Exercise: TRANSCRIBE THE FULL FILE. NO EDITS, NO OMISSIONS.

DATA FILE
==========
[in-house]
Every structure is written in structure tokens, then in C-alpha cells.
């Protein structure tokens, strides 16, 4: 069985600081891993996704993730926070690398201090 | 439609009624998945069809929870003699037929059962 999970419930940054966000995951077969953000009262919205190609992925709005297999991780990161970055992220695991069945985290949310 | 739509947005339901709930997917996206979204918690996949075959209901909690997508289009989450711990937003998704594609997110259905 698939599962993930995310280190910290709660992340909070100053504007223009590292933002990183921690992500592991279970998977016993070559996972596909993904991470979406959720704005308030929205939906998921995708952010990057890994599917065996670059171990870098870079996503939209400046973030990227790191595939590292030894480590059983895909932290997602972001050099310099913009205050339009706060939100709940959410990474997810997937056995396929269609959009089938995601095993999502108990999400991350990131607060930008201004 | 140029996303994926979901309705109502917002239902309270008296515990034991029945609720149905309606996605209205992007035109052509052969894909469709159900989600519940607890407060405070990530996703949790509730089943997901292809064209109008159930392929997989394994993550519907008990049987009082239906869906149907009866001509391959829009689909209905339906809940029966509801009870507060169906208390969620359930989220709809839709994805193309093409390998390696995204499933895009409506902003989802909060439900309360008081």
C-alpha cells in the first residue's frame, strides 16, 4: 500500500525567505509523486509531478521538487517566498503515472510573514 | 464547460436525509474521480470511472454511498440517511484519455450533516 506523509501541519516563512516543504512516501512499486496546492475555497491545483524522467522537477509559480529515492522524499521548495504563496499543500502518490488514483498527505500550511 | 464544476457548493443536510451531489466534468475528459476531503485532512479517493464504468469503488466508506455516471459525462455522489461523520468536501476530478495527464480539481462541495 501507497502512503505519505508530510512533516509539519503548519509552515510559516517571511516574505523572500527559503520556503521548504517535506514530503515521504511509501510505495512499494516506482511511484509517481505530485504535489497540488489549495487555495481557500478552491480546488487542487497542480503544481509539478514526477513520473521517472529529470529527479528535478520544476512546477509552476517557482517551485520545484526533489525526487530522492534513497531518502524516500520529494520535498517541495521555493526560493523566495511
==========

[in-house]
Every structure is written in structure tokens, then in C-alpha cells.
């Protein structure tokens, strides 16, 4: 069985600081891993996704993730926070690398201090 | 439609009624998945069809929870003699037929059962 999970419930940054966000995951077969953000009262919205190609992925709005297999991780990161970055992220695991069945985290949310 | 739509947005339901709930997917996206979204918690996949075959209901909690997508289009989450711990937003998704594609997110259905 698939599962993930995310280190910290709660992340909070100053504007223009590292933002990183921690992500592991279970998977016993070559996972596909993904991470979406959720704005308030929205939906998921995708952010990057890994599917065996670059171990870098870079996503939209400046973030990227790191595939590292030894480590059983895909932290997602972001050099310099913009205050339009706060939100709940959410990474997810997937056995396929269609959009089938995601095993999502108990999400991350990131607060930008201004 | 140029996303994926979901309705109502917002239902309270008296515990034991029945609720149905309606996605209205992007035109052509052969894909469709159900989600519940607890407060405070990530996703949790509730089943997901292809064209109008159930392929997989394994993550519907008990049987009082239906869906149907009866001509391959829009689909209905339906809940029966509801009870507060169906208390969620359930989220709809839709994805193309093409390998390696995204499933895009409506902003989802909060439900309360008081």
C-alpha cells in the first residue's frame, strides 16, 4: 500500500525567505509523486509531478521538487517566498503515472510573514 | 464547460436525509474521480470511472454511498440517511484519455450533516 506523509501541519516563512516543504512516501512499486496546492475555497491545483524522467522537477509559480529515492522524499521548495504563496499543500502518490488514483498527505500550511 | 464544476457548493443536510451531489466534468475528459476531503485532512479517493464504468469503488466508506455516471459525462455522489461523520468536501476530478495527464480539481462541495 501507497502512503505519505508530510512533516509539519503548519509552515510559516517571511516574505523572500527559503520556503521548504517535506514530503515521504511509501510505495512499494516506482511511484509517481505530485504535489497540488489549495487555495481557500478552491480546488487542487497542480503544481509539478514526477513520473521517472529529470529527479528535478520544476512546477509552476517557482517551485520545484526533489525526487530522492534513497531518502524516500520529494520535498517541495521555493526560493523566495511